Dummies’ guide to good design

shutterstock_215934253-(1)Chris Baker offers up his top 10 practice marketing design tips.

Good design is an important way to differentiate yourself from your competitors, and I would hope to be pushing against an open door with this concept, speaking as I am to an audience of professionals with an interest in aesthetics.

Experience has taught me though that very often this isn’t the case. If corners can be cut at a dental practice in regard to design, branding and marketing materials, they often are. So, why should you care?

Ten reasons that good design matters

  1. Reflection: if your logo looks substandard then the public will naturally infer that the dentistry on offer is too. You might come up with a million reasons why that isn’t true but it won’t matter – in their mind it is
  2. Comparison: you may not like the comparison, but you are up against the retailers in terms of discretionary spend. Do they have the dental implant or that holiday they fancy? If they put off the family check-ups for six months, they can go away for the weekend and so on. As you are ‘competing’ in that marketplace, to be successful your brand and design really has to look the part
  3. The look: what should your ‘brand’ look like? Who are you? What do you stand for? Why should I come and see you rather than the very nice practice down the road? Take the time to consider these questions so that when you come to speak to a designer you have the brief to give them (by the way, ‘I’ll know it when I see it’, does not constitute a brief!)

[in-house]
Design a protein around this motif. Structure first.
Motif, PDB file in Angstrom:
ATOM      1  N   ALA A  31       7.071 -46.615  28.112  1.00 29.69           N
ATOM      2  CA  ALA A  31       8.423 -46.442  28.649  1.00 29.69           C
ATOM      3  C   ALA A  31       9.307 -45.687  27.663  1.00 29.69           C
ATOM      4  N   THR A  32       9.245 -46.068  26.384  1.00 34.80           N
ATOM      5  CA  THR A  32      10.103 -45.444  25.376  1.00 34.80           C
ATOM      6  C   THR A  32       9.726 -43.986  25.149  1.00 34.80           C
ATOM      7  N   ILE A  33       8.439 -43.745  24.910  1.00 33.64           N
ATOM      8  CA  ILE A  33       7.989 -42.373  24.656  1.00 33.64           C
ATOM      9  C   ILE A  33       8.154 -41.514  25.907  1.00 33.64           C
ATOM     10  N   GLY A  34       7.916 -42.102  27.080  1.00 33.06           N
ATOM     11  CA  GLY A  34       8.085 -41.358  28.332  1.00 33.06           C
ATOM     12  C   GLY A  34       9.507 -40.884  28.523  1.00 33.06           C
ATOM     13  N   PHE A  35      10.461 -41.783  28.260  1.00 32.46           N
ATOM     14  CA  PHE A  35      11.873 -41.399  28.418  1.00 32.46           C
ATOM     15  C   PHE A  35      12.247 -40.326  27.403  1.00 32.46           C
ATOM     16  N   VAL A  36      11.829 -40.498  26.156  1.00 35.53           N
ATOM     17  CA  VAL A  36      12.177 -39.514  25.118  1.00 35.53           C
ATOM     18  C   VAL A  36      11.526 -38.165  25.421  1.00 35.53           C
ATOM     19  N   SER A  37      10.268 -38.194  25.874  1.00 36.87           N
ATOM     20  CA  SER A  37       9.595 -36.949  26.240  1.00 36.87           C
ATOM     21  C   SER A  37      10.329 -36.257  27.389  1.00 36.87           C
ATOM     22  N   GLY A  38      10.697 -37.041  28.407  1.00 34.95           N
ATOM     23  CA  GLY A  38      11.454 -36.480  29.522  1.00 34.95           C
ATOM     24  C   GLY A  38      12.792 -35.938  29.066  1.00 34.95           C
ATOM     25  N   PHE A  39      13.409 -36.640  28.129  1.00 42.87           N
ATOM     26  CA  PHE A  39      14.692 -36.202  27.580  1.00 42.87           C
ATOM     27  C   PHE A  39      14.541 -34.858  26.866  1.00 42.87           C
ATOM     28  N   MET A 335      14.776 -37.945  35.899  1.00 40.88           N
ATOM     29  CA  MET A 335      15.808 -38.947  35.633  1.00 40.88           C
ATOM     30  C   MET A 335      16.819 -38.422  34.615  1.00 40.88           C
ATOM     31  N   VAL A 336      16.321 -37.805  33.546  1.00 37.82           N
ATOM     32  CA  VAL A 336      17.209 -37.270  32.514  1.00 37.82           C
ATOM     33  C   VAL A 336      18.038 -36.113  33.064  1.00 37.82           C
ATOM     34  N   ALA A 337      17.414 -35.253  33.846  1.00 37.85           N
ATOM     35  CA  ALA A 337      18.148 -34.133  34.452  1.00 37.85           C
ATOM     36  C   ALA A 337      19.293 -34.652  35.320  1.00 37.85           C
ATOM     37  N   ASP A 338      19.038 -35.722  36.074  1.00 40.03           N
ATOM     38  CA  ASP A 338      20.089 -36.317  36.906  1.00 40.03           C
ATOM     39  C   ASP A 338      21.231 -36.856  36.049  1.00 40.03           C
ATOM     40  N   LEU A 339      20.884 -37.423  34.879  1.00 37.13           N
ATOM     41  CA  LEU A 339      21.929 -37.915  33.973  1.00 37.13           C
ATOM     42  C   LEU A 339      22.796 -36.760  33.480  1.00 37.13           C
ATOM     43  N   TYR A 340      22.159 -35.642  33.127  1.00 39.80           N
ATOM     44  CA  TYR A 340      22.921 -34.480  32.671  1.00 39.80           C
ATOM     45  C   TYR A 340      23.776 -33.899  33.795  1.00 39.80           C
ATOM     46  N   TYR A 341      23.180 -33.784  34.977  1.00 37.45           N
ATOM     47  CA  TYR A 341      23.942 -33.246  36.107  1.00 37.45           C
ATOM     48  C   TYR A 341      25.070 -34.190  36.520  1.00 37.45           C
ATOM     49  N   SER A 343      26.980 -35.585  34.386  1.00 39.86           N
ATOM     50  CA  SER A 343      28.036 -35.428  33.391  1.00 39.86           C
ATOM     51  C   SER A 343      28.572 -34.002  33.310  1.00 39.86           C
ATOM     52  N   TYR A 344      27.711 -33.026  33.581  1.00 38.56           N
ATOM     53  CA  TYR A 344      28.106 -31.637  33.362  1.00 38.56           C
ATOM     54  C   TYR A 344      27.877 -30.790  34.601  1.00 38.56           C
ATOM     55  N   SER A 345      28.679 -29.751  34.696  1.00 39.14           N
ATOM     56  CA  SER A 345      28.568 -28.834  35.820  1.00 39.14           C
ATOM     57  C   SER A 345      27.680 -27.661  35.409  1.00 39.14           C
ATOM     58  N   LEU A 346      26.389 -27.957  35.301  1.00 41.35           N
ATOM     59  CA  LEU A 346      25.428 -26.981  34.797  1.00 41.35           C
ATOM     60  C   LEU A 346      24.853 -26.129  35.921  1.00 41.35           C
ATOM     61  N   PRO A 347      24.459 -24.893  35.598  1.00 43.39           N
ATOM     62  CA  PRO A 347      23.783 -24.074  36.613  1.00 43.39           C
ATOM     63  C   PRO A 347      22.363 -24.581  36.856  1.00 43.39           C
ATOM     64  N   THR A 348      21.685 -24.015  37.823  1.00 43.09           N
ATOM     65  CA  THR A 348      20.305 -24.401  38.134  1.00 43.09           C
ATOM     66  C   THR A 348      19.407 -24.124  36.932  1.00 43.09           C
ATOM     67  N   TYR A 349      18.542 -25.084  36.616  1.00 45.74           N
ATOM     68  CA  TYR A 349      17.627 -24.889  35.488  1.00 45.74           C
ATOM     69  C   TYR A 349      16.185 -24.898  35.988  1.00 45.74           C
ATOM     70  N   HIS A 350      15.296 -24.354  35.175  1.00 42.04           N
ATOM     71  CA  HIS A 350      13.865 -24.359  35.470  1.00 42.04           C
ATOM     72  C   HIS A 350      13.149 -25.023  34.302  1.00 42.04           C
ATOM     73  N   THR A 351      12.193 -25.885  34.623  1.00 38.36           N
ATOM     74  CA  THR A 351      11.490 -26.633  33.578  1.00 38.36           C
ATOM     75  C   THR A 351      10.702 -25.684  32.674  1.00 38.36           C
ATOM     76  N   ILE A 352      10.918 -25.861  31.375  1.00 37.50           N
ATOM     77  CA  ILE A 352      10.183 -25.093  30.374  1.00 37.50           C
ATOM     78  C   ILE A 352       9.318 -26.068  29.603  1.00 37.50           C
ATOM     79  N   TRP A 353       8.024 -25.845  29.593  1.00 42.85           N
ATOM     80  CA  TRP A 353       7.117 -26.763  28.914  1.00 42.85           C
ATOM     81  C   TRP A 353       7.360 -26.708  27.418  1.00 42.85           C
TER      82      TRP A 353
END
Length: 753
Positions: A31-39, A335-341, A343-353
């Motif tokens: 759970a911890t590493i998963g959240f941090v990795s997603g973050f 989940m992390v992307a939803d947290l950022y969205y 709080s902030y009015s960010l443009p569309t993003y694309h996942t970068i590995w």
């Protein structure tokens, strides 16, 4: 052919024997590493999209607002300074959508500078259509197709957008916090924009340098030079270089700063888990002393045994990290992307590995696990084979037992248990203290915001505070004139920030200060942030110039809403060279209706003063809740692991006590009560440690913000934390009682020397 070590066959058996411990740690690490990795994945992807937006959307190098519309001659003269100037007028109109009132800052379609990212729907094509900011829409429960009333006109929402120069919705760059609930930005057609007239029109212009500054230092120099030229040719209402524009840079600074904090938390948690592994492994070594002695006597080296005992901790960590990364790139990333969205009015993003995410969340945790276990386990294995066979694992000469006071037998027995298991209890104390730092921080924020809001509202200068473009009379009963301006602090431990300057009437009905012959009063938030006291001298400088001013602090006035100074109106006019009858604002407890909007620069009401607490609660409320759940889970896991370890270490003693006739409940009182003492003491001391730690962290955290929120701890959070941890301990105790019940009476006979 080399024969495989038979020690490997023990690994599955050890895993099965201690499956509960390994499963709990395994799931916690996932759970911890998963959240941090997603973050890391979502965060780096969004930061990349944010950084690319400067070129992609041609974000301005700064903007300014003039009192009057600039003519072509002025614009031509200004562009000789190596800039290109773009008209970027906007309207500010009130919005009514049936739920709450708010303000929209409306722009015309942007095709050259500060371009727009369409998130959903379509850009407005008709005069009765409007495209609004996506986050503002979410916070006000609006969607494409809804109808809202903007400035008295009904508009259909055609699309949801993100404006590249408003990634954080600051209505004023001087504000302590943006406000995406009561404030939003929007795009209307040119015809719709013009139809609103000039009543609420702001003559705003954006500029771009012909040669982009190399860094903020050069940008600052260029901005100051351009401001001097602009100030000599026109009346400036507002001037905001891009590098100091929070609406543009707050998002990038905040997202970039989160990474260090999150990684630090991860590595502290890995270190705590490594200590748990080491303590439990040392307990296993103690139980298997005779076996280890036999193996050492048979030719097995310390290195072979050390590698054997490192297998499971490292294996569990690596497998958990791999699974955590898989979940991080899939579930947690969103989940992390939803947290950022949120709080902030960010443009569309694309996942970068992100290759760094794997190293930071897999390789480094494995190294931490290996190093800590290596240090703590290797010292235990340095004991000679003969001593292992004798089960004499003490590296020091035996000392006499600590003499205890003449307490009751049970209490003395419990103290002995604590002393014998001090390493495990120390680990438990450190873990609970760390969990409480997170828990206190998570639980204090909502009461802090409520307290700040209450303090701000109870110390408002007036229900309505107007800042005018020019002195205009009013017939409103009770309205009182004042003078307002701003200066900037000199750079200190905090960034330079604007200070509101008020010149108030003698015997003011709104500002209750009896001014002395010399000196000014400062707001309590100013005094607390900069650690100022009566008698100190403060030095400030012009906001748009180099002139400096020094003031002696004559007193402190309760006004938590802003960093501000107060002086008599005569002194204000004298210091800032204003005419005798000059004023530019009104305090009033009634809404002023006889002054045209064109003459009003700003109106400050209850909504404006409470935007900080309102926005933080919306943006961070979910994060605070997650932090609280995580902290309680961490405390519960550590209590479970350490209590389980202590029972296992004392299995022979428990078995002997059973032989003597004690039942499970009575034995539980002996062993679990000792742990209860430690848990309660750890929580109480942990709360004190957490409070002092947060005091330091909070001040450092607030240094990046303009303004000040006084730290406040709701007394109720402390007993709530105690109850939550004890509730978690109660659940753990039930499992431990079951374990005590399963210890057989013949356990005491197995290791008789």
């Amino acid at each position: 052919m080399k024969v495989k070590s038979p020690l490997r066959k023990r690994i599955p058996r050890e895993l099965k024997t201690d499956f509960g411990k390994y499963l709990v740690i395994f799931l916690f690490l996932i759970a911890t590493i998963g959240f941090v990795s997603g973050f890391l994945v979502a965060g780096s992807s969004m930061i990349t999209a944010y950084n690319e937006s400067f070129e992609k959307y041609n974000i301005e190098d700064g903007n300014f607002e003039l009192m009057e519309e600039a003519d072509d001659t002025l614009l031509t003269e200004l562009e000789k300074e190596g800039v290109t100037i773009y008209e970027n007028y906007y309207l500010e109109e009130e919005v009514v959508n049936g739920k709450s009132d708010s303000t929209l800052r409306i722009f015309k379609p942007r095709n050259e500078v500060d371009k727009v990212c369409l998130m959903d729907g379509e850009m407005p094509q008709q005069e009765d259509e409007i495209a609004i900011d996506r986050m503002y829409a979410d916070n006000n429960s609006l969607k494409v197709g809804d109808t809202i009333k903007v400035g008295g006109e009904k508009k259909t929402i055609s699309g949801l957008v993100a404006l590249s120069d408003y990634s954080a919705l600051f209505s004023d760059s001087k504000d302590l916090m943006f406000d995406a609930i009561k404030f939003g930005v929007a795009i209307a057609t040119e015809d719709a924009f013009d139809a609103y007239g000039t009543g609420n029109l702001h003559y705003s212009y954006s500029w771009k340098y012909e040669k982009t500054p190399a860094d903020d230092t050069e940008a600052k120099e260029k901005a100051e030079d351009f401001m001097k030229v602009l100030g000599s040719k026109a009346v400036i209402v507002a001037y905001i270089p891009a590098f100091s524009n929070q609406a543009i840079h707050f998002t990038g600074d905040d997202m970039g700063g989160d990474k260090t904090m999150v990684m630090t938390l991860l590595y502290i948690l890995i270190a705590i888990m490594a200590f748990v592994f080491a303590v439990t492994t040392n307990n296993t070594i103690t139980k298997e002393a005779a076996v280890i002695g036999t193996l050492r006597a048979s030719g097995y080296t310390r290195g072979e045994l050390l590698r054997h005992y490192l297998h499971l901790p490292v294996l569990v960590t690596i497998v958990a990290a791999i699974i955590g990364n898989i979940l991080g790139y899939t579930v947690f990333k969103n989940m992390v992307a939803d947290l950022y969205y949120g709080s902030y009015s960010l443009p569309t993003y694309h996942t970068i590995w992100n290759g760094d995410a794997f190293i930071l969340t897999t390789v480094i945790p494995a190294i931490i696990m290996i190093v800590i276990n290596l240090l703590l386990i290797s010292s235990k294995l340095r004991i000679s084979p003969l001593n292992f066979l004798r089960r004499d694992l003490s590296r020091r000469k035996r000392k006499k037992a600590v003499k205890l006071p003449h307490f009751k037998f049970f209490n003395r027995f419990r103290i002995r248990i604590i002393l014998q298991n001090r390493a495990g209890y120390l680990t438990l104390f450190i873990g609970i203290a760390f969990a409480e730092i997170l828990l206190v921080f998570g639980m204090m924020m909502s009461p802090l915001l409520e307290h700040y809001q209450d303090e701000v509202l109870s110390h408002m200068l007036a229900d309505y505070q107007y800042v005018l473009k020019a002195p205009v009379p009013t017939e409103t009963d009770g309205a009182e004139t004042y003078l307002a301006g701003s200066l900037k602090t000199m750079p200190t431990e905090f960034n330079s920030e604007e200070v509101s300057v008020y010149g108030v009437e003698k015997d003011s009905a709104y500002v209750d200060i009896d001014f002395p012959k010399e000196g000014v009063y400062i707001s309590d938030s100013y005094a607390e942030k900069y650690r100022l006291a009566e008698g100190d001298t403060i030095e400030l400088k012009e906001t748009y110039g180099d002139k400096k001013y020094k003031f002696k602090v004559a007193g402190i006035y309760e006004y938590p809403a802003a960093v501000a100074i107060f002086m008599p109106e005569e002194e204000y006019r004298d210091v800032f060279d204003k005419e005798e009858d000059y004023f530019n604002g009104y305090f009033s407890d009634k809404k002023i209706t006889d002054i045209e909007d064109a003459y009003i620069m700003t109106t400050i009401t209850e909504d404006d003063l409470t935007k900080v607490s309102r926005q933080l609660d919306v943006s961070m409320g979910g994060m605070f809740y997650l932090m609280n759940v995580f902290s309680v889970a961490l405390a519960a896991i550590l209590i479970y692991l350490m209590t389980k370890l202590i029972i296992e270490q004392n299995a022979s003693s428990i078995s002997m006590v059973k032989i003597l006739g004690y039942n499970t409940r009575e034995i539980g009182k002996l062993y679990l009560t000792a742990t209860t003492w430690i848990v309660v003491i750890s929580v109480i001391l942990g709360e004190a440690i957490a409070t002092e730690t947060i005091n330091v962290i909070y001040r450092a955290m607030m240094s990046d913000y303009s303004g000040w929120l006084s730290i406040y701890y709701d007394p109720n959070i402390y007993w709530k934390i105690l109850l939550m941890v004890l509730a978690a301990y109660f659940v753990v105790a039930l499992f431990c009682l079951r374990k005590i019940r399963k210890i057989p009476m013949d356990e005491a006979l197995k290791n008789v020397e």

4. Aesthetic appeal: what colours do you like? What fonts do you like? Will your target audience like these too?
  5. Time for design: really invest time in the design of your logo – everything else that you do will be derived from this, so take the time to get it right. You have to like it but do remember it’s actually your target audience who have to identify with it
  6. Brand guidelines: produce a simple set of brand guidelines that stipulate how the logo, straplines and brand materials can be used, eg, four-colour, mono, reversed, scaled up and down, and so on. This may seem like overkill for a dental practice but really focus and ensure all the material produced is on message
  7. Get the professionals in: however great the temptation, employ a design agency, not a friend of the family who ‘is really good at design’. Even if they are, you will be bottom of their list, you won’t get a timely service, it can sour a friendship – the list goes on. I may be biased (!) but I would say it is worth the money to pay a professional
  8. Less is more: when designing promotional literature such as leaflets and fliers, remember that less is more, particularly when considering words. Don’t be afraid of the white space!
  9. Promote one thing at a time: human beings find it difficult to concentrate on more than one thing at a time – when writing and designing advertisements and fliers, stick to one key message and avoid the temptation to list everything that you do
  10. Get the best you can afford: when you print anything, don’t skimp on it! Go for the heaviest weight paper that suits the format that you can. It will only cost a few pounds more and the effect is palpable. When investing in welcome packs and business cards, do consider those options that will add a touch of class such as foiling, matte lamination, spot colours and so on. They make a difference.

‘Good design doesn’t cost, but it pays’ –  Richard H Driehaus.

If you have any comments or suggestions for future Dummies’ Guides, get in touch with [email protected]

For more information on this article call Corona Design & Communication on 0845 370 2211 or 07947 470896, email c[email protected] or visit  www.coronadental.co.uk.

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